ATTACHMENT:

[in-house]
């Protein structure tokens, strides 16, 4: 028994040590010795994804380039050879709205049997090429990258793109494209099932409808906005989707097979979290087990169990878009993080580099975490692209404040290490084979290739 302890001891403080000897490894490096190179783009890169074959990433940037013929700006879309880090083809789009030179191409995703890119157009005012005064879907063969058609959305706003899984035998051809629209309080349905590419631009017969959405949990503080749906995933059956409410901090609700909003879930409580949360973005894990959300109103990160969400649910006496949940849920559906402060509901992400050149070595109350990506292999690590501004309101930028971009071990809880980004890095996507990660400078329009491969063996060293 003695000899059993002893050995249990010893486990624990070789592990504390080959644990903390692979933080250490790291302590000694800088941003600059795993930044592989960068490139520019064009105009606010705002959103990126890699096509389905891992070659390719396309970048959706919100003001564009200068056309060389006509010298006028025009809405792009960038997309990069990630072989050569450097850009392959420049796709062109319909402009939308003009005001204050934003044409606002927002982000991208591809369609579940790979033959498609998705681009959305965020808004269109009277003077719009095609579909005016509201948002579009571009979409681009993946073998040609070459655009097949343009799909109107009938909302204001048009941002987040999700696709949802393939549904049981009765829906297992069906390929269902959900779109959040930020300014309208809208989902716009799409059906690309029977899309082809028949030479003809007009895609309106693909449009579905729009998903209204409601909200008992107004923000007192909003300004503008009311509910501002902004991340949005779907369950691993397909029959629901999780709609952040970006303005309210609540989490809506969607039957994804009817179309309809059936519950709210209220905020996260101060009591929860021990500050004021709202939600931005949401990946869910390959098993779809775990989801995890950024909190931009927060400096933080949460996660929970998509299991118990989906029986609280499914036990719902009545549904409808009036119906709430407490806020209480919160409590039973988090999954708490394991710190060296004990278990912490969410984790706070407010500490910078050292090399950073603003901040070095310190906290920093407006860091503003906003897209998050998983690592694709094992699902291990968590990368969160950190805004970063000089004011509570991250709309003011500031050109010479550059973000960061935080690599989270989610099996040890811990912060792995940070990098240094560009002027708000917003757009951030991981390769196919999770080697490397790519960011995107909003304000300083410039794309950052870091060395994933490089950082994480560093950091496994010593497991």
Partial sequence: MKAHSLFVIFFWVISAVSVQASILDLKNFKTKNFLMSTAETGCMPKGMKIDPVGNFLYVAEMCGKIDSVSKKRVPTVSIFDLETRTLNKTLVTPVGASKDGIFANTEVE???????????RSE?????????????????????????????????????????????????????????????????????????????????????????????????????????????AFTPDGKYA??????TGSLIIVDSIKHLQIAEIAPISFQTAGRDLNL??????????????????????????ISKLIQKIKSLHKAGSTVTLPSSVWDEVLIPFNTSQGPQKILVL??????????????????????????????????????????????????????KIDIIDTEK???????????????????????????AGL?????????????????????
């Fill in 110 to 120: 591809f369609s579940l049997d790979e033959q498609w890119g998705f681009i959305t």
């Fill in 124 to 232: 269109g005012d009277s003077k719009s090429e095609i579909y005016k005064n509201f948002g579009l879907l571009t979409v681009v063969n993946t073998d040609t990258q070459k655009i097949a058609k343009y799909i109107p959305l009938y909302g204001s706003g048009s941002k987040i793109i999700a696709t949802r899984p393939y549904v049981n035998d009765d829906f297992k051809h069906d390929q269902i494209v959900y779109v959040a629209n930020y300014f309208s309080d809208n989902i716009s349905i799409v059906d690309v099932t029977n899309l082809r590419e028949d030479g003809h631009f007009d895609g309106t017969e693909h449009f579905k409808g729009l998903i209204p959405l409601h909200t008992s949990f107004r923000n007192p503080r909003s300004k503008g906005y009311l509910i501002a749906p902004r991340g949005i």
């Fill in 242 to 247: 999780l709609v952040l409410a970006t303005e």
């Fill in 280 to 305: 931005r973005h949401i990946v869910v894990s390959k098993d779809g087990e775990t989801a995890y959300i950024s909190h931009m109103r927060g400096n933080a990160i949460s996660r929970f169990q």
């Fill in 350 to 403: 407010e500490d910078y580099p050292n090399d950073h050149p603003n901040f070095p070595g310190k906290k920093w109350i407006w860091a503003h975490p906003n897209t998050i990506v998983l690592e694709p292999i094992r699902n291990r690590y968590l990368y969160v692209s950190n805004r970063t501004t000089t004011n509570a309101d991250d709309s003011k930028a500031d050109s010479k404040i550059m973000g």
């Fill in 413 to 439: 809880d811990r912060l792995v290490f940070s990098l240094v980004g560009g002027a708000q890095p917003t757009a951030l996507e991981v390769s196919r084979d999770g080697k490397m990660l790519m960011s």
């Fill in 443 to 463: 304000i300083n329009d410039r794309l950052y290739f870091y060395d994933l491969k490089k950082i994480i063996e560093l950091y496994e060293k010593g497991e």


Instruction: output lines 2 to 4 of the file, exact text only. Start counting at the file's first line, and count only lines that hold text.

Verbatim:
């Protein structure tokens, strides 16, 4: 028994040590010795994804380039050879709205049997090429990258793109494209099932409808906005989707097979979290087990169990878009993080580099975490692209404040290490084979290739 302890001891403080000897490894490096190179783009890169074959990433940037013929700006879309880090083809789009030179191409995703890119157009005012005064879907063969058609959305706003899984035998051809629209309080349905590419631009017969959405949990503080749906995933059956409410901090609700909003879930409580949360973005894990959300109103990160969400649910006496949940849920559906402060509901992400050149070595109350990506292999690590501004309101930028971009071990809880980004890095996507990660400078329009491969063996060293 003695000899059993002893050995249990010893486990624990070789592990504390080959644990903390692979933080250490790291302590000694800088941003600059795993930044592989960068490139520019064009105009606010705002959103990126890699096509389905891992070659390719396309970048959706919100003001564009200068056309060389006509010298006028025009809405792009960038997309990069990630072989050569450097850009392959420049796709062109319909402009939308003009005001204050934003044409606002927002982000991208591809369609579940790979033959498609998705681009959305965020808004269109009277003077719009095609579909005016509201948002579009571009979409681009993946073998040609070459655009097949343009799909109107009938909302204001048009941002987040999700696709949802393939549904049981009765829906297992069906390929269902959900779109959040930020300014309208809208989902716009799409059906690309029977899309082809028949030479003809007009895609309106693909449009579905729009998903209204409601909200008992107004923000007192909003300004503008009311509910501002902004991340949005779907369950691993397909029959629901999780709609952040970006303005309210609540989490809506969607039957994804009817179309309809059936519950709210209220905020996260101060009591929860021990500050004021709202939600931005949401990946869910390959098993779809775990989801995890950024909190931009927060400096933080949460996660929970998509299991118990989906029986609280499914036990719902009545549904409808009036119906709430407490806020209480919160409590039973988090999954708490394991710190060296004990278990912490969410984790706070407010500490910078050292090399950073603003901040070095310190906290920093407006860091503003906003897209998050998983690592694709094992699902291990968590990368969160950190805004970063000089004011509570991250709309003011500031050109010479550059973000960061935080690599989270989610099996040890811990912060792995940070990098240094560009002027708000917003757009951030991981390769196919999770080697490397790519960011995107909003304000300083410039794309950052870091060395994933490089950082994480560093950091496994010593497991």
Partial sequence: MKAHSLFVIFFWVISAVSVQASILDLKNFKTKNFLMSTAETGCMPKGMKIDPVGNFLYVAEMCGKIDSVSKKRVPTVSIFDLETRTLNKTLVTPVGASKDGIFANTEVE???????????RSE?????????????????????????????????????????????????????????????????????????????????????????????????????????????AFTPDGKYA??????TGSLIIVDSIKHLQIAEIAPISFQTAGRDLNL??????????????????????????ISKLIQKIKSLHKAGSTVTLPSSVWDEVLIPFNTSQGPQKILVL??????????????????????????????????????????????????????KIDIIDTEK???????????????????????????AGL?????????????????????
């Fill in 110 to 120: 591809f369609s579940l049997d790979e033959q498609w890119g998705f681009i959305t």